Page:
New Release Features Richard Stöhr Firsts

Richard Stöhr was an important and influential musical figure in 1920s Vienna. He was first a student then a professor at the Conservatoire of the Gesellschaft der Musikfreunde. It’s estimated that during this period his works were performed over 100 times each year.

Stöhr was friends and colleagues with Gustav Mahler, Erich Wolfgang Korngold, Felix Weingartner, and Bruno Walter (among others). But it didn’t last. When the Nazis took over Austria, Stöhr lost his post, and his music was banned. 

He was able to escape with his family to America in 1938. But the damage was done.  Stöhr never enjoyed the same level of professional esteem and audience popularity again. 

As early as 1905 Stöhr admitted he was not a modern composer. Throughout his career, his music remained tonal. Stohr was content building on the precepts of Mahler, Zemlinsky, and Schmidt.

Volume Two of Toccata Classics’ series presents two firsts by Stöhr. It includes the first of his Orchestral Suites and the first of his seven symphonies. Both date from around 1909. 

Both are beautifully crafted compositions. Stöhr was quite comfortable with classical forms, both past and present. The lively fugue in the first suite is but one example.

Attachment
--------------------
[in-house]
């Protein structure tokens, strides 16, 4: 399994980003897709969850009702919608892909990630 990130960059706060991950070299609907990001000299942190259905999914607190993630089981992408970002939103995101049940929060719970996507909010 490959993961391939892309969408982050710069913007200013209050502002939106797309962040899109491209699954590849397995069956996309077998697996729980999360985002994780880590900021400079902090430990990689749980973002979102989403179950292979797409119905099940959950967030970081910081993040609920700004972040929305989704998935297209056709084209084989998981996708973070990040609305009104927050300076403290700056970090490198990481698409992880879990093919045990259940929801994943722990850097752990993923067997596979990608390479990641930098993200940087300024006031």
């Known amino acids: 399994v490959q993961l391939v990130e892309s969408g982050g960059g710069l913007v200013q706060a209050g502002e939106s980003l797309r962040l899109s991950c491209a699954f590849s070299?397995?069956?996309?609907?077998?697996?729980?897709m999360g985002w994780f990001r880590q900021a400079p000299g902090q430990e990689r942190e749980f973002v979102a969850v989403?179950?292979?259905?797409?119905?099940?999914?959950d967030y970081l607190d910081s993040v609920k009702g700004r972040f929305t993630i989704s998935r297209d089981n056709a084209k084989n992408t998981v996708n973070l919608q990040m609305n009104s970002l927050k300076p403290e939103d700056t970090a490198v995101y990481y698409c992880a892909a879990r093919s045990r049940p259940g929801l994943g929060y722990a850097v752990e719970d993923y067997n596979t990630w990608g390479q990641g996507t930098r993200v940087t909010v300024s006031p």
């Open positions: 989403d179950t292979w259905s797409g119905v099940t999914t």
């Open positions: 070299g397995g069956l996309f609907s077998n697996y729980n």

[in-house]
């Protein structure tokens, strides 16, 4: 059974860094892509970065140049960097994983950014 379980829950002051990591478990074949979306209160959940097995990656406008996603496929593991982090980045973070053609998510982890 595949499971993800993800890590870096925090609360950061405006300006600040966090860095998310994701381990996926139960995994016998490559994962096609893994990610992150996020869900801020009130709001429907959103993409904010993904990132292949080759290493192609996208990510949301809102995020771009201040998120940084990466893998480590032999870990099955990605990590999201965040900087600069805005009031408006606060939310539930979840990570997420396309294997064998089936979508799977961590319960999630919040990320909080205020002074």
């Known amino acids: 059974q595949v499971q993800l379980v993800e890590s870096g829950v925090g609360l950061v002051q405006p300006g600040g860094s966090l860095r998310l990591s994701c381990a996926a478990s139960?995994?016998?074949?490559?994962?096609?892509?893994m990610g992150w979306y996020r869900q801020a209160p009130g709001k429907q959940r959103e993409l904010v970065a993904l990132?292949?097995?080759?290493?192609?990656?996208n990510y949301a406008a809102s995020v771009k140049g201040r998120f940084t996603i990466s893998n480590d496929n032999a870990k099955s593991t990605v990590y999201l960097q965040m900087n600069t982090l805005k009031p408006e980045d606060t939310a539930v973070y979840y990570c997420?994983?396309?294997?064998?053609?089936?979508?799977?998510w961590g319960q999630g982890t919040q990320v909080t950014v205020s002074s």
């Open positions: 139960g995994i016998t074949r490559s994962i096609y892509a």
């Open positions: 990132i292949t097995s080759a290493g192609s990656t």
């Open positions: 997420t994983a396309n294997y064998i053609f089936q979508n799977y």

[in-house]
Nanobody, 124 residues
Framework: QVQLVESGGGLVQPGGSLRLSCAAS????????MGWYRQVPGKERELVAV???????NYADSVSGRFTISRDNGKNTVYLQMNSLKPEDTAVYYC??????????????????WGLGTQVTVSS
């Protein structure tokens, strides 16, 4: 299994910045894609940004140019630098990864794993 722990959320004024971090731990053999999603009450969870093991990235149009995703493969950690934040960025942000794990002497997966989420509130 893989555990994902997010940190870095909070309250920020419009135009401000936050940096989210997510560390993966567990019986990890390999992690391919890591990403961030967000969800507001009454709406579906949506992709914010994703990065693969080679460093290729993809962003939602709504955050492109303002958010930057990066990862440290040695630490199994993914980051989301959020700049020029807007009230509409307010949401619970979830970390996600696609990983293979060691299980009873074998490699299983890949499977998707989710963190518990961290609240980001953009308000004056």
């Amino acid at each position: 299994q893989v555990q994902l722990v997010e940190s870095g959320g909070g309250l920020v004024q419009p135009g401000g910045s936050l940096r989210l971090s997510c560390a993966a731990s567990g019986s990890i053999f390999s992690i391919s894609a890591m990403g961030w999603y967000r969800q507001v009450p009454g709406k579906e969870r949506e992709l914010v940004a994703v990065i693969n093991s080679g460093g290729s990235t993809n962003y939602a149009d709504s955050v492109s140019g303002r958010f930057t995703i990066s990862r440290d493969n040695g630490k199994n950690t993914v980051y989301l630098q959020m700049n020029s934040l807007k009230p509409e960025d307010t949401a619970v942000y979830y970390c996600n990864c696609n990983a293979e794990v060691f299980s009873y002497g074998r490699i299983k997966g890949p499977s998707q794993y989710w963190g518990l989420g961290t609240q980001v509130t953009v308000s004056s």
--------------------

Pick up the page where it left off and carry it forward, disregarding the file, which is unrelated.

His Symphony No. 1 in C major is big, but not too big. The themes are broad and expansive. Stöhr was an effective orchestrator. His use of brass is particularly effective. But Stöhr’s scope wasn’t as wide as Mahler’s. This is a symphony that has something important to say, even if it doesn’t contemplate the meaning of life.

The Sinfonia Varsovia is in top form here. Under Ian Hobson’s direction, they’ve captured the Viennese character of Stöhr’s music. 

Stöhr may not have been a modern composer, but he was true to himself. These are works of great originality that can still speak to audiences today. At least, they spoke to me.   

Richard Stöhr: Orchestral Music, Volume Two
Suite No. 1 in C major for string orchestra, Op. 8
Symphony No. 1 in A minor, Op. 18
Sinfonia Varsovia; Ian Hobson, conductor
Toccata Classics TOCC 0472

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